Life can be so unexpectedly difficult at times. Yet, because of this, we must choose to become better not bitter.
We may find ourselves perplexed and bewildered by the challenges, difficulties, and suffering that encompass us. Sometimes, we may feel to ask as Joseph Smith and Habakkuk of old asked, “O God, where art thou?” (D&C 121:1; see also Habakkuk 1:2-4). Even Jesus Christ cried out from the depths of his humiliating suffering, “My God, my God, why hast thou forsaken me?” (Matthew 27:46).
In these terrible moments of grueling, exhausting suffering we might ask: Why, if I am keeping the commandments, should I suffer? Why, if I am seeking with all my heart to love God and to love my neighbor, should thorns and hedges block my path? Why does it feel that there is no balm in Gilead? Why do my prayers seem to hit an impenetrable brass ceiling? Why have my friends fled? Why do my enemies prowl about me? Why do I not find solace as I seek the Lord?
These and many other piercing, penetrating questions may flow from our hearts in our deepest distress.
Not one trial is wasted.
Yet, these things are all meant to bring us experience, and to draw us closer to God, that our love may be more full, more pure, more refined. Our suffering brings empathy and perspective so that we can say without guile, as did Mormon of the Nephites who would not hear the word of God, “Behold, I…had loved them, according to the love of God which was in me, with all my heart; and my soul had been poured out in prayer unto my God all the day long for them….I fear not what man can do; for perfect love casteth out all fear. And I am filled with charity, which is everlasting love” (Mormon 3:12; Moroni 8:16-17).
As Apostle Orson F. Whitney testified:
“No pain that we suffer, no trial that we experience is wasted. It ministers to our education, to the development of such qualities as patience, faith, fortitude and humility. All that we suffer and all that we endure, especially when we endure it patiently, builds up our characters, purifies our hearts, expands our souls, and makes us more tender and charitable, more worthy to be called the children of God…and it is through sorrow and suffering, toil and tribulation, that we gain the education that we come here to acquire and which will make us more like our Father and Mother in heaven” (Orson F. Whitney, quoted by Spencer W. Kimball, in Faith Precedes the Miracle (1972), 98).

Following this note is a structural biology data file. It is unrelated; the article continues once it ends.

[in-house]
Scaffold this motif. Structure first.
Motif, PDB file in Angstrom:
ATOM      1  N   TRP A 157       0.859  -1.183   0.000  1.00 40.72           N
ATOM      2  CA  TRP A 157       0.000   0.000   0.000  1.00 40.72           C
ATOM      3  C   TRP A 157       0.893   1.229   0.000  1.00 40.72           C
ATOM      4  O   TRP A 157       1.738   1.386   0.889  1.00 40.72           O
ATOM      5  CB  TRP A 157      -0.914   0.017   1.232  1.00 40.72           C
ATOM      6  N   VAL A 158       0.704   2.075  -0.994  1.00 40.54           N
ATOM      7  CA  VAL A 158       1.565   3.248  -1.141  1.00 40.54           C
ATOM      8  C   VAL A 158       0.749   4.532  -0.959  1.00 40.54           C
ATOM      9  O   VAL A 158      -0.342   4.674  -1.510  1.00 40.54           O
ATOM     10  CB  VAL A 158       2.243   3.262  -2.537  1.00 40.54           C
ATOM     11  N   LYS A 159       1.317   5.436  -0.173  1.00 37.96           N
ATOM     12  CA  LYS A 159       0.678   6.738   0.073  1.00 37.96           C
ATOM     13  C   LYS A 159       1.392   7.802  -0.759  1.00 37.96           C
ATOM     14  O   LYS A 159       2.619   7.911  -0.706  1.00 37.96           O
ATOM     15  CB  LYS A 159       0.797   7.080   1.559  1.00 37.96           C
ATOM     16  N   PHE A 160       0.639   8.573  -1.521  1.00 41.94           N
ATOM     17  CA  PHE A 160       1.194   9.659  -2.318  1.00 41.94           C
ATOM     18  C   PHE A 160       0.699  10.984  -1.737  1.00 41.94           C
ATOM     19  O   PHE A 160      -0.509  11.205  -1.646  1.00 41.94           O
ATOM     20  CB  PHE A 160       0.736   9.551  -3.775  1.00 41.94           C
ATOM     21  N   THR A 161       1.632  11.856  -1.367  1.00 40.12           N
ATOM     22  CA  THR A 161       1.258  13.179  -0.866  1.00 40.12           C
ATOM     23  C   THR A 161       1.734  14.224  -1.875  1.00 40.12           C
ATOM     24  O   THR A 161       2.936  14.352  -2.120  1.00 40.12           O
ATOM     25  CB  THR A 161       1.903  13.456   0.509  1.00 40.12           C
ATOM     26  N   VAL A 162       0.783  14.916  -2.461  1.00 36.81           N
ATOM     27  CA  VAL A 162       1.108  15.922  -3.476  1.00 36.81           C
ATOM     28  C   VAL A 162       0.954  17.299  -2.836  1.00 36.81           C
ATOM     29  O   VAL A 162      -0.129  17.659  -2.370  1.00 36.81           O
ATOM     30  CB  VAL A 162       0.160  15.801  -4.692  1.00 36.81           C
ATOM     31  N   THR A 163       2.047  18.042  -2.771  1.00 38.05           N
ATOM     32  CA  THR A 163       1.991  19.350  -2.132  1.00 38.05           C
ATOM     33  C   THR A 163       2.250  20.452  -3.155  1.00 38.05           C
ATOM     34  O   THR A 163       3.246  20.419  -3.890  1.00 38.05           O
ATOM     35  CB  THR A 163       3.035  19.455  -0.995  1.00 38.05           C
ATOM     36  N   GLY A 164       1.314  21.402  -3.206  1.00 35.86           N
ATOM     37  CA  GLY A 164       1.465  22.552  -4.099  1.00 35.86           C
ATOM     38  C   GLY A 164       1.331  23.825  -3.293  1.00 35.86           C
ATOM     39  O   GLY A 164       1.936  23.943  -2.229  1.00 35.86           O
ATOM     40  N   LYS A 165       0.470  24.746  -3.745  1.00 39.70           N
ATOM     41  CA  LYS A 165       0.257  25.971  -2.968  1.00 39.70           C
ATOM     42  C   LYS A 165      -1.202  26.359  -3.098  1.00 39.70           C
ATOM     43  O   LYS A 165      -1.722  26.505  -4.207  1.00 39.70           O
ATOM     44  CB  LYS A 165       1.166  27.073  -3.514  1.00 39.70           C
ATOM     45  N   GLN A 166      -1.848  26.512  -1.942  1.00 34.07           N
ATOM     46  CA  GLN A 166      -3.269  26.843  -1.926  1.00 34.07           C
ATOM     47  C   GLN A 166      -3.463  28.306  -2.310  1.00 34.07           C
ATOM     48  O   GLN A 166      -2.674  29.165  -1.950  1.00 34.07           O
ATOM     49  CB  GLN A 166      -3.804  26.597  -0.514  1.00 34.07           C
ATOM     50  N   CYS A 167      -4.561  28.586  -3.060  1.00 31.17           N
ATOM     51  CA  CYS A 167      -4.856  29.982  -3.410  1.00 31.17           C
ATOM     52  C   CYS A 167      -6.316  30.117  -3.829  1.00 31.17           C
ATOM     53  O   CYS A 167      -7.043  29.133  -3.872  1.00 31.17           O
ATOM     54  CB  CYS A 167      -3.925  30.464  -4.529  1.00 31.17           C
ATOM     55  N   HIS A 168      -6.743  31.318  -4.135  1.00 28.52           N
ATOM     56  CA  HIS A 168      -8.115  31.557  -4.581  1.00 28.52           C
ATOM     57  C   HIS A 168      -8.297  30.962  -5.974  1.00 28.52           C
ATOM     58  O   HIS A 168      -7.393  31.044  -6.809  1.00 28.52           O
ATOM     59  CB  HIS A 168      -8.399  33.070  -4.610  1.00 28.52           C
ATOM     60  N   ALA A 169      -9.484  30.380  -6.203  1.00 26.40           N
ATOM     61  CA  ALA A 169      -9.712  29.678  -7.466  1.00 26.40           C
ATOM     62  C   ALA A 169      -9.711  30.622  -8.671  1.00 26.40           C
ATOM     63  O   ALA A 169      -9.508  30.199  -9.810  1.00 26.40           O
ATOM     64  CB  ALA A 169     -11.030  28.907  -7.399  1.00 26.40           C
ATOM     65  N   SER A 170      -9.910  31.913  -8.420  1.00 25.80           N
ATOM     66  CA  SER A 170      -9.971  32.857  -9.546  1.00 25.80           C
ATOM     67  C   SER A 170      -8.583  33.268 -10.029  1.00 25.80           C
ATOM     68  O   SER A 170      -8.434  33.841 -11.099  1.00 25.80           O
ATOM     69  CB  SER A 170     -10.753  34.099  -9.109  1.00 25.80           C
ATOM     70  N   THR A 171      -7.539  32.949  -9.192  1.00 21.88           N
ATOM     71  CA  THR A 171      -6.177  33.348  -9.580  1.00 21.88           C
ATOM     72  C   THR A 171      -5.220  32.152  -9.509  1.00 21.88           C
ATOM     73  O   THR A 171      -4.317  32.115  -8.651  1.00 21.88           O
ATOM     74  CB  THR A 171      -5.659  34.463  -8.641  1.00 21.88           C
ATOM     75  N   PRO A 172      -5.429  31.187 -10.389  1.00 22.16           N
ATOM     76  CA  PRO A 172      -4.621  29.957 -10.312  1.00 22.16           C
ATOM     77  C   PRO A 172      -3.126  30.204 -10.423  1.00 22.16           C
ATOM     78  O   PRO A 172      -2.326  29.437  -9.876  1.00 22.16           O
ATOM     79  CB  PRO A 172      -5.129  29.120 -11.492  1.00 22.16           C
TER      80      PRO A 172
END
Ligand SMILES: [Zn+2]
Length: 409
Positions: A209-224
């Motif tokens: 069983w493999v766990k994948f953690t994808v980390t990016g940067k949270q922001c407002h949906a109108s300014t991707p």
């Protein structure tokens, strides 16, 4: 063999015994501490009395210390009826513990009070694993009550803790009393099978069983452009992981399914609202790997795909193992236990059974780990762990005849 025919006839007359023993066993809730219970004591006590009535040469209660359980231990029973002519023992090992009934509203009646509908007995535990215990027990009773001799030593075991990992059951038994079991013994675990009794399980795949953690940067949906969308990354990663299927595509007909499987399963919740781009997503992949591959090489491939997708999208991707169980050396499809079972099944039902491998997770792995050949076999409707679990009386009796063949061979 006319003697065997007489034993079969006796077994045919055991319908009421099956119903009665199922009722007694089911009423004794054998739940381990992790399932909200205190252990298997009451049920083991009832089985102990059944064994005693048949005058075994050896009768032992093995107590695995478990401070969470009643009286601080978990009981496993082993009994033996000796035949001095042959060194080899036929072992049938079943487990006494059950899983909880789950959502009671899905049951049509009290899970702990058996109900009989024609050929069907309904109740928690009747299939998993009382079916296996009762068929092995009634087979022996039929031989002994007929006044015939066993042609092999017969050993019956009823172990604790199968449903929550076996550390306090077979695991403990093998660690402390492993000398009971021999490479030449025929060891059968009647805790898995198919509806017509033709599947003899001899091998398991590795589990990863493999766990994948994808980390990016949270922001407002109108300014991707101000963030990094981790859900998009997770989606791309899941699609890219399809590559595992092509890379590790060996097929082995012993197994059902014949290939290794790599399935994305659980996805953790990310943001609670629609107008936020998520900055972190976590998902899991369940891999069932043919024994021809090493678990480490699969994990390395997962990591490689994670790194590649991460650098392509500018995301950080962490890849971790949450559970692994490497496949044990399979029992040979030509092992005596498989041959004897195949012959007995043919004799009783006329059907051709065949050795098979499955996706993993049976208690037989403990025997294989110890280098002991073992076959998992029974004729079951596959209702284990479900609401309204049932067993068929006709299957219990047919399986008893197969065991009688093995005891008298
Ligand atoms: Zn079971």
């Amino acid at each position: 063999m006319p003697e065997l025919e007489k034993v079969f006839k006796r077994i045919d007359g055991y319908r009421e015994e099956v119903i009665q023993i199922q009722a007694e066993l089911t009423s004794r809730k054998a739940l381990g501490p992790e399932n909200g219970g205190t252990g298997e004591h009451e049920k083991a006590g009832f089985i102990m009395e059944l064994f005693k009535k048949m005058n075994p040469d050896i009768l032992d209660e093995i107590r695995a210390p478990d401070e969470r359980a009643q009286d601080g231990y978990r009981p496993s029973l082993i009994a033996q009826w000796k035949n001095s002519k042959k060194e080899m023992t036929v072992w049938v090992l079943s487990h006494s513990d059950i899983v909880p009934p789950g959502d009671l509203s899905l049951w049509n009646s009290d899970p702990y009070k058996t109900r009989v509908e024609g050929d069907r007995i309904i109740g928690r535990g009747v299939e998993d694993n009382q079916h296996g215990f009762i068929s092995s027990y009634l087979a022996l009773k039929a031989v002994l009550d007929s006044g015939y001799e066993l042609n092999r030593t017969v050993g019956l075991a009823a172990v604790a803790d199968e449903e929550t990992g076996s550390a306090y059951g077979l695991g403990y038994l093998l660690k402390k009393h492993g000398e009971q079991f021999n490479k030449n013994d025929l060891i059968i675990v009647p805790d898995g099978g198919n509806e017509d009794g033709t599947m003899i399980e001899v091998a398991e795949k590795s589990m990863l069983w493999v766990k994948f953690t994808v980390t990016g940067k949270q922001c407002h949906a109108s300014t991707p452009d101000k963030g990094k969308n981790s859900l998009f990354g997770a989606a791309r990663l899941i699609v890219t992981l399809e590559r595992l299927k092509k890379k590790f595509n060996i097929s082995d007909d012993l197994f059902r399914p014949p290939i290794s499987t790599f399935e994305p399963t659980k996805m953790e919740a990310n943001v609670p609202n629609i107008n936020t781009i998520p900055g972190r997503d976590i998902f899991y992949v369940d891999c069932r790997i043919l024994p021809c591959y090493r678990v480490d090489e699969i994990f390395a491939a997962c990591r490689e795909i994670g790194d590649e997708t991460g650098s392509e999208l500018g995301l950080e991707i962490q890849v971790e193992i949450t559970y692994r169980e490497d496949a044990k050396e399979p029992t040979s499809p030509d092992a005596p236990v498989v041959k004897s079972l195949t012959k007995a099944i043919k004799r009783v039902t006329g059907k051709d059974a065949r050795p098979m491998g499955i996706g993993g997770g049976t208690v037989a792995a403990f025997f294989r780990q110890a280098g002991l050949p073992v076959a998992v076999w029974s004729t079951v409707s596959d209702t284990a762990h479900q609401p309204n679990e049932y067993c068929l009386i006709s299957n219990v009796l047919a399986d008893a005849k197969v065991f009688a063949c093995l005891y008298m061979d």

How is it possible to feel joy in the midst of such suffering?
We are strong in Christ.
That is the power of the Atonement—it makes us better instead of bitter.
When we are truly at one with God then we are strong in Christ. We leave aside the natural man and we put off the arm of flesh that tempts us to “save” ourselves from suffering. When our hearts have been fully given over to the Lord, that is when the deepest cracks of our brokenness are filled with the warm, saving wax of the Atonement that makes us like new again. Love no longer leaks out of us. We receive love until it overflows and we share freely with others whose vessels need the purity of love in their lives.
When we are healed by the balm of God, instead of allowing our trials to make us cynical and faithless, they make us stronger and more faithful. The suffering, challenge, heartache and difficulty of life become purifying and refining experiences. We love more fully. We enjoy more deeply. We understand more comprehensively. Our patience stretches into the eternities, seemingly, and we know a peace that surpasses all understanding—that pure love of God that pervades His created order.
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Drawing on decades of study and personal experience, Brother Brickey shows us in Making Sense of Suffering that afflictions are brief gifts from God's gentle hands. Our challenge is to bear our afflictions while reconciling our hearts to the will of the Father and the Son.